Pragmatic Milan to dominate romantics

FOOTBALL
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FOOTBALL

GLENN MOORE

reports from Vienna

The belief that money is the means to footballing success, so recently confirmed in the Premiership, will be thoroughly tested at the highest level tonight.

Milan, the flagship of Silvio Berlusconi's business empire and one of the world's richest clubs, meet Ajax, traditionally one of Europe's selling clubs.

The last time Ajax produced a crop of brilliant youngsters two of them, Frank Rijkaard and Marco van Basten, went on to win the European Champions' Cup - for Milan. This time the club intend to win it for themselves. They have reason to be confident. They have lost only one match - in the Dutch cup - all season and have already defeated Milan twice in the Champions' League.

At the time those victories were widely regarded as signalling the end of one era, and the beginning of another. In contrast with Ajax, who play a fluid "total football" reminiscent of the great Ajax side of the early Seventies, Milan seemed to be an ageing team whose football, like their muscles, was stiffening with age. While Milan have one player - Demetrio Albertini - under 26 Ajax have just two players over that age.

Those defeats nearly put Milan, European champions three times in the last six years, out of the competition at the Champions' League stage. But they scraped through with a 1-0 success over Casino Salzburg in December in the same Prater stadium in which they contest the final tonight.

Since then Milan have rediscovered their form. Benfica and the highly rated Paris St Germain have been swept away with Dejan Savicevic, the star of last year's 4-0 final win over Barcelona, showing glorious form. Assuming Savicevic is fit - he suffered the recurrence of a thigh strain in training yesterday - they will even start as narrow favourites.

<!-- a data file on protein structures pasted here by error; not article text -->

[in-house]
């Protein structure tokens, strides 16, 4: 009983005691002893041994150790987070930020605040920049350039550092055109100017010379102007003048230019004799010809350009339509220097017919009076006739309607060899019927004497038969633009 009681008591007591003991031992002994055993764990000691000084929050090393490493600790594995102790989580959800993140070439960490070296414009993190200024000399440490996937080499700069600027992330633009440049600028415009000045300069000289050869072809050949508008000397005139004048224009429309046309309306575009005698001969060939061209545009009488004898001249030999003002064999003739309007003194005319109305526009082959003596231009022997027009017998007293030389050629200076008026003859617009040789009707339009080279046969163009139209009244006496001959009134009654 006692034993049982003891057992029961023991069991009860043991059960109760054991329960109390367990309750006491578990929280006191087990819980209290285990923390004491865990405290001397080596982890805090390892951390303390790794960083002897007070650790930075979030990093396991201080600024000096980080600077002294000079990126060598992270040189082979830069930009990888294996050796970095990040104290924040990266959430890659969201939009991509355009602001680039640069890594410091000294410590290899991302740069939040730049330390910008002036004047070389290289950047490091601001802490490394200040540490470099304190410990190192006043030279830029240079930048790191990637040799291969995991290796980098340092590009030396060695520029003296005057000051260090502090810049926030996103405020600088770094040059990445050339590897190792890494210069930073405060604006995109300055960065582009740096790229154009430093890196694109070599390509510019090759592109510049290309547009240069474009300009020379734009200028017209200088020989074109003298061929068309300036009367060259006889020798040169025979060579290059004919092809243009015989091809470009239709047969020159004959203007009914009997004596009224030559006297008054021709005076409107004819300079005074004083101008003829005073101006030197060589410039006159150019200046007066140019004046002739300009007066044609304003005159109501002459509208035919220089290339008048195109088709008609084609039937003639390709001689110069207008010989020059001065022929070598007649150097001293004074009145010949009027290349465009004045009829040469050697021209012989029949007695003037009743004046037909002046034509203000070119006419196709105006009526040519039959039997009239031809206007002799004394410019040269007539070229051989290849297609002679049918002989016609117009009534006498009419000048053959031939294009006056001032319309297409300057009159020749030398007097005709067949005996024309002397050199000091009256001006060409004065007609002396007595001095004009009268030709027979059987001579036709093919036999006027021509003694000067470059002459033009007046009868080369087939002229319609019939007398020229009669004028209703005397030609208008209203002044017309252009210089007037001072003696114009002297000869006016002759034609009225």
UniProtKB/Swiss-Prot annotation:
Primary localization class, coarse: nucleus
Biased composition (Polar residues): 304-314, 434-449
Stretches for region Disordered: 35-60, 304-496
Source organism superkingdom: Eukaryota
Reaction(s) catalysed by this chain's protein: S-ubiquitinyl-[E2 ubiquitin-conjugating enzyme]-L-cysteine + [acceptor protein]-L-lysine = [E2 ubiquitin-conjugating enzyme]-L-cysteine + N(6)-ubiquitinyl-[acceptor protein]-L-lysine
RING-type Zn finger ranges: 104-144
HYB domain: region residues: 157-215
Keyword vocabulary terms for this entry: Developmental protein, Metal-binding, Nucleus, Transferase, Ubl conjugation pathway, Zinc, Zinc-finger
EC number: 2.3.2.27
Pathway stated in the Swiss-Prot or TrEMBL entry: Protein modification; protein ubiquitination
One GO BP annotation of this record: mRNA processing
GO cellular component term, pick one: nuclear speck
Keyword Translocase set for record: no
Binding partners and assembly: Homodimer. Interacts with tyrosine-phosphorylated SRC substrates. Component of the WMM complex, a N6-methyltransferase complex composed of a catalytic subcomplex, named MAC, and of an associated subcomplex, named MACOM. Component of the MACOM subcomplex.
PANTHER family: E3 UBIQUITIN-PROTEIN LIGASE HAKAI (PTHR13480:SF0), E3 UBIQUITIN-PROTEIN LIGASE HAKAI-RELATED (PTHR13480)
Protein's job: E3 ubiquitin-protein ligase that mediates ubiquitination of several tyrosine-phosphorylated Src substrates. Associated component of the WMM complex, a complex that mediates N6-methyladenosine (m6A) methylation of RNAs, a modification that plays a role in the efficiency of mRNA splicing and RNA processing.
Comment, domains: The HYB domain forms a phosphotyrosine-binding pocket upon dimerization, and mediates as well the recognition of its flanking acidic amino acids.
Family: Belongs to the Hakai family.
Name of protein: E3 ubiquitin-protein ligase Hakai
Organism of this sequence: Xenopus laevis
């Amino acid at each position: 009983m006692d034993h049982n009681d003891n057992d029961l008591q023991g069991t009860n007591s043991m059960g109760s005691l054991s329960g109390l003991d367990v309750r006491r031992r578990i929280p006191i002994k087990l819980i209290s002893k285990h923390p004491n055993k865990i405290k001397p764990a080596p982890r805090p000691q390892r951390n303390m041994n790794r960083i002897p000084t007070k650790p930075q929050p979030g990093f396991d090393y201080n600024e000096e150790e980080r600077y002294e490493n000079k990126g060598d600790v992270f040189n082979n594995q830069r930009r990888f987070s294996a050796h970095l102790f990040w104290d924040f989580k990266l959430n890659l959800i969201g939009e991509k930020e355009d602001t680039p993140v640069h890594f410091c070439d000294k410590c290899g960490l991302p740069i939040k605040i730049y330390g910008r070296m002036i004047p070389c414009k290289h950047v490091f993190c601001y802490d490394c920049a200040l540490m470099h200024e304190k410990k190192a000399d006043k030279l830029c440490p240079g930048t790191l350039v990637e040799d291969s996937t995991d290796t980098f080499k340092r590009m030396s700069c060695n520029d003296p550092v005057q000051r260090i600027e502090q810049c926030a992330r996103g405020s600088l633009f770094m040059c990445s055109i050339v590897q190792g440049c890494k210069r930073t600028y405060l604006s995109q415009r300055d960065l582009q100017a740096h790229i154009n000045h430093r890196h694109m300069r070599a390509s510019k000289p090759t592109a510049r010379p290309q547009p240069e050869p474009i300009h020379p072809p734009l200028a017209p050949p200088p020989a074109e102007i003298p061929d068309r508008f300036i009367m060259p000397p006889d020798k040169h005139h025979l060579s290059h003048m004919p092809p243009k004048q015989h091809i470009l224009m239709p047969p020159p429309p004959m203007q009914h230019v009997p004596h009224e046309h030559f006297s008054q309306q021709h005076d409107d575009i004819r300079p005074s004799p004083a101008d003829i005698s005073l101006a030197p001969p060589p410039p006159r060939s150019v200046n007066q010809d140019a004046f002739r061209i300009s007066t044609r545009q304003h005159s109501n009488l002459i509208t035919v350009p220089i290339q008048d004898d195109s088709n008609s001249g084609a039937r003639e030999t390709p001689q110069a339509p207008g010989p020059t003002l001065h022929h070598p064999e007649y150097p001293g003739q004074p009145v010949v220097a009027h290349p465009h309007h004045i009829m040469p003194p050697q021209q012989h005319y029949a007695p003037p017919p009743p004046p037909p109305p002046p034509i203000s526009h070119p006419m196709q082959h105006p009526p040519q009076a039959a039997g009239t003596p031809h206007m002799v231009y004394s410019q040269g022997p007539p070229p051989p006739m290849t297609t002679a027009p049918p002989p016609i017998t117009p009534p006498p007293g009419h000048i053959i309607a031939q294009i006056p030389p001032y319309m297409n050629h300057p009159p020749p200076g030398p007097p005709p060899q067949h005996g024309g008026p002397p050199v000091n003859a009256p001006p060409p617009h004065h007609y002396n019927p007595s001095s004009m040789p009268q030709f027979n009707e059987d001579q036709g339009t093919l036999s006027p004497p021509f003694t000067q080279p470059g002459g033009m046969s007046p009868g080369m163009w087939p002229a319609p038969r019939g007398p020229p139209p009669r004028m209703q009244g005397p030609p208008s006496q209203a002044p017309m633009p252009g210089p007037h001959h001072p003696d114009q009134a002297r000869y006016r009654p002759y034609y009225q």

Victory would be Milan's sixth in the competition, equalling the record of Real Madrid. The first two were in the Sixties; the second, in 1969, signalled the rise of Ajax. Beaten that year they won the next three titles before Cruyff and Johan Neeskens headed for Barcelona. A win for them tonight and they will draw level with Liverpool, in third place with four titles.

It promises to be a classic encounter with the first goal crucial. Ajax have pace on the wings, in Marc Overmars and Finidi George, and inventiveness in the centre with the Finn Jari Litmanen coming deep to lend support.

But Milan have two excellent full-backs in Christian Panucci (though error-prone) and the peerless Paolo Maldini. In the centre, Ajax must get past Marcel Desailly and Albertini before they can attack Franco Baresi who, though still quick of mind, is slow of feet.

On the break, Zvonimir Boban and Savicevic have the pace and nous to pose a severe test to the elder statesmen, Rijkaard (32) and Danny Blind (33), in the heart of the Dutch defence.

Rijkaard, who will retire after the game, scored the winner when Milan beat Benfica to win the European Cup here in 1990. Along with Van Basten and Ruud Gullit he provided the inspiration behind Milan's rise.

The current Milan side, while technically excellent, rarely expresses itself as attractively as it did with the Dutchmen. It is still capable of playing football of the highest quality, as in the 4-0 win over Barcelona in last year's final, but realism dominates the romance.

That is more likely to be provided by Ajax. Whether it is enough to defeat the greater experience of Milan is doubtful. The heart says Ajax; the head Milan.

Ajax (4-2-1-3): Van der Sar; Reiziger, Blind, Rijkaard, F De Boer; Davids, Seedorf; Litmanen; George, R de Boer, Overmars.

Milan (probable) (4-4-2): Rossi; Panucci, Costacurta, Baresi, Maldini; Donadoni, Desailly, Albertini, Boban; Savicevic, Simone.

Referee: I Craciunescu (Romania).

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